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Kid Cudi Calls Out 'Homophobic Cloud Over Hip-Hop', Praises Lil Nas X

Kid Cudi Calls Out 'Homophobic Cloud Over Hip-Hop', Praises Lil Nas X

The rapper writes that he's ready to “get sexy with it” in their video.

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It’s no surprise that Lil Nas X made Time’s list of the 100 Most Influential People of 2021. It seemed you couldn’t go anywhere on the internet this year without seeing his name. Whether it was for his stellar music, provocative videos, or effortless expertise at clapping back at the haters — he was everywhere. What did come as a pleasant surprise was that fellow rapper Kid Cudi, who wrote the Time piece on Lil Nas X, took the opportunity to not only uplift his fellow artist but call out the “homophobic cloud over hip-hop” in the process. We love to see it.

Kudi began by sharing how, when he looks at Lil Nas X’s work, what he sees is common ground. “Lil Nas X is a new twist on some of the themes I was riding on when I first started out: being true to yourself and not giving a f-ck what anyone says,” wrote Cudi. “What he’s doing is what we need right now. To have a gay man in hip-hop doing his thing, crushing records — that is huge for us and for Black excellence. The way he’s unafraid to make people uncomfortable is so rock ’n’ roll. He’s a true rock star.”

He went on to share how saddened when he saw a tweet Lil Nas X wrote in response to a fan who pointed out that there were no black male guests on his forthcoming Montero album, that “maybe a lot of them just don’t wanna work with me.” At the time, Cudi responded that he was ready to “work w u and frolic in rose gardens w u singin about my pain.”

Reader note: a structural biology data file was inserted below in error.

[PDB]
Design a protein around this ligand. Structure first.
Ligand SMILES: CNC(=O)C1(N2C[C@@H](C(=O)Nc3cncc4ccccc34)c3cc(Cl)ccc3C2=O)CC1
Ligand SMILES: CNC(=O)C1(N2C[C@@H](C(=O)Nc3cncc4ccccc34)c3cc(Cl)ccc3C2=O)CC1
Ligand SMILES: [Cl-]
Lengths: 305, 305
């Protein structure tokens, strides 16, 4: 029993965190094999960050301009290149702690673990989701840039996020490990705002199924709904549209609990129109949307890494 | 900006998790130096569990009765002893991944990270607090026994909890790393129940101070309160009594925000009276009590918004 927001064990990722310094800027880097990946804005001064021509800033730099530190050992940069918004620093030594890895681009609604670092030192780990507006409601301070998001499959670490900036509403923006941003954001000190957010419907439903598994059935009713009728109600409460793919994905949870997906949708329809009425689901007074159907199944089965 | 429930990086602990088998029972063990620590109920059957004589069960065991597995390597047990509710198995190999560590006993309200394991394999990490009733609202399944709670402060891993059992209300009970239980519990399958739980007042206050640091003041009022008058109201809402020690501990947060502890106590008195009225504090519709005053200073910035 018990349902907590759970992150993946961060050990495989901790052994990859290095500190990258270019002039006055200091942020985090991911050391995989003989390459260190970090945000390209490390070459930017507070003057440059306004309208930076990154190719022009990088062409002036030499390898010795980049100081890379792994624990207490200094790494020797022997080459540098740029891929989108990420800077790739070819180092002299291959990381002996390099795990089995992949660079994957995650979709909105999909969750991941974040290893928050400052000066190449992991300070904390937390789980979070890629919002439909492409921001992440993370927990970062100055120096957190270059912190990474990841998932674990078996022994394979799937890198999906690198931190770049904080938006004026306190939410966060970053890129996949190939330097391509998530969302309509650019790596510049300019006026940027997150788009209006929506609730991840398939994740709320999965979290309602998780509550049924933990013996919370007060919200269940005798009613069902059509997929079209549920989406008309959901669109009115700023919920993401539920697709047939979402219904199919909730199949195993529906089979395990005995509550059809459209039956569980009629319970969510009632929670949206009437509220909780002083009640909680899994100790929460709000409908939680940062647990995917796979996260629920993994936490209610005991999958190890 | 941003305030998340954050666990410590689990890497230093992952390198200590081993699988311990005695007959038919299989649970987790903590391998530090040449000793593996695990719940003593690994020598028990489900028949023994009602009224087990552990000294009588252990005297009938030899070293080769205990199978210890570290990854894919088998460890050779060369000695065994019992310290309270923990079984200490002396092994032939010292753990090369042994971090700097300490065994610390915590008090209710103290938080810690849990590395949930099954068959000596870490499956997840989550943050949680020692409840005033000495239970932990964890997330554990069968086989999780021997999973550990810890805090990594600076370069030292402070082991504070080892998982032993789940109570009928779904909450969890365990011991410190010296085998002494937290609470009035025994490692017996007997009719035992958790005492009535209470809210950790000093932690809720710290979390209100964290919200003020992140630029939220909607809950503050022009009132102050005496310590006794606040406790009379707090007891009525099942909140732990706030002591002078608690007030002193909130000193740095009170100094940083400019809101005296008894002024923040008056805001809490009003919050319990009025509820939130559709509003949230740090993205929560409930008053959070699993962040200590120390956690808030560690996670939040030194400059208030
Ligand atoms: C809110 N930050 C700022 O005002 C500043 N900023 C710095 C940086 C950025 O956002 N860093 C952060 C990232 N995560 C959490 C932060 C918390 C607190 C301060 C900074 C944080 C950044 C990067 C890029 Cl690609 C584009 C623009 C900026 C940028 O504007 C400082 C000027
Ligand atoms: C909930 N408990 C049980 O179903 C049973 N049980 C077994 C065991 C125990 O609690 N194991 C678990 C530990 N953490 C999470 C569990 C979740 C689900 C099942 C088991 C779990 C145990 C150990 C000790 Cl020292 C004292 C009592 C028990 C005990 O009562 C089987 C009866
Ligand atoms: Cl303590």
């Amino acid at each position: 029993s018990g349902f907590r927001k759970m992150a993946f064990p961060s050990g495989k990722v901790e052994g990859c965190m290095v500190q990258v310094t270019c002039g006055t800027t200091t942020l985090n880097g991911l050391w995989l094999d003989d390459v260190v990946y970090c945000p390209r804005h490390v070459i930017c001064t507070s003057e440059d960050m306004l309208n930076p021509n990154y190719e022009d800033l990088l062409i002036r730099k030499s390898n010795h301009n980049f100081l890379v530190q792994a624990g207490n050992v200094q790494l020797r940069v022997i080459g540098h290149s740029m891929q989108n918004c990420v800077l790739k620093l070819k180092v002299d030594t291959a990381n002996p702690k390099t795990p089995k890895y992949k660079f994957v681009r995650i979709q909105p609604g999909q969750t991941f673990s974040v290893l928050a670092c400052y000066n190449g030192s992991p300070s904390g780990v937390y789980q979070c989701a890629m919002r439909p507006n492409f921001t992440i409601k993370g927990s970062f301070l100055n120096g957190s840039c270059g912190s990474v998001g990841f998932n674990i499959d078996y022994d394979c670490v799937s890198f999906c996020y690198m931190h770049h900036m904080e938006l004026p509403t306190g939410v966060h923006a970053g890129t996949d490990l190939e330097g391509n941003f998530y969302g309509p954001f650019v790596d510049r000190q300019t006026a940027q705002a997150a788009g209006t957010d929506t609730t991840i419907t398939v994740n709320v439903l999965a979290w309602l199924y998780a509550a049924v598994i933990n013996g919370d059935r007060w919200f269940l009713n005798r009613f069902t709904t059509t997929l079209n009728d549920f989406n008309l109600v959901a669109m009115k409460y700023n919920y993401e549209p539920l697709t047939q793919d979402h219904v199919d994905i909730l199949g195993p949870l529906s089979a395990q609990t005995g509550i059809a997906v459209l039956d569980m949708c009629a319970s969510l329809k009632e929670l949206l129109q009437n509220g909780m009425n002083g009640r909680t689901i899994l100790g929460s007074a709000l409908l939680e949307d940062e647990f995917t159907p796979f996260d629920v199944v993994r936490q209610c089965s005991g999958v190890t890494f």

Cudi went even further in the Time article. “There’s a homophobic cloud over hip-hop, and he’s going to break that sh-t down. We have to stand with him,” he wrote. “I’m going to do whatever I have to do to let him know—you have my support. When we do our song together, however trippy the video is, let’s get sexy with it.”

That’s a promise we can't wait to see kept. 

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Rachel Shatto

EIC of PRIDE.com

Rachel Shatto, Editor in Chief of PRIDE.com, is an SF Bay Area-based writer, podcaster, and former editor of Curve magazine, where she honed her passion for writing about social justice and sex (and their frequent intersection). Her work has appeared on Elite Daily, Tecca, and Joystiq, and she podcasts regularly about horror on the Zombie Grrlz Horror Podcast Network. She can’t live without cats, vintage style, video games, drag queens, or the Oxford comma.

Rachel Shatto, Editor in Chief of PRIDE.com, is an SF Bay Area-based writer, podcaster, and former editor of Curve magazine, where she honed her passion for writing about social justice and sex (and their frequent intersection). Her work has appeared on Elite Daily, Tecca, and Joystiq, and she podcasts regularly about horror on the Zombie Grrlz Horror Podcast Network. She can’t live without cats, vintage style, video games, drag queens, or the Oxford comma.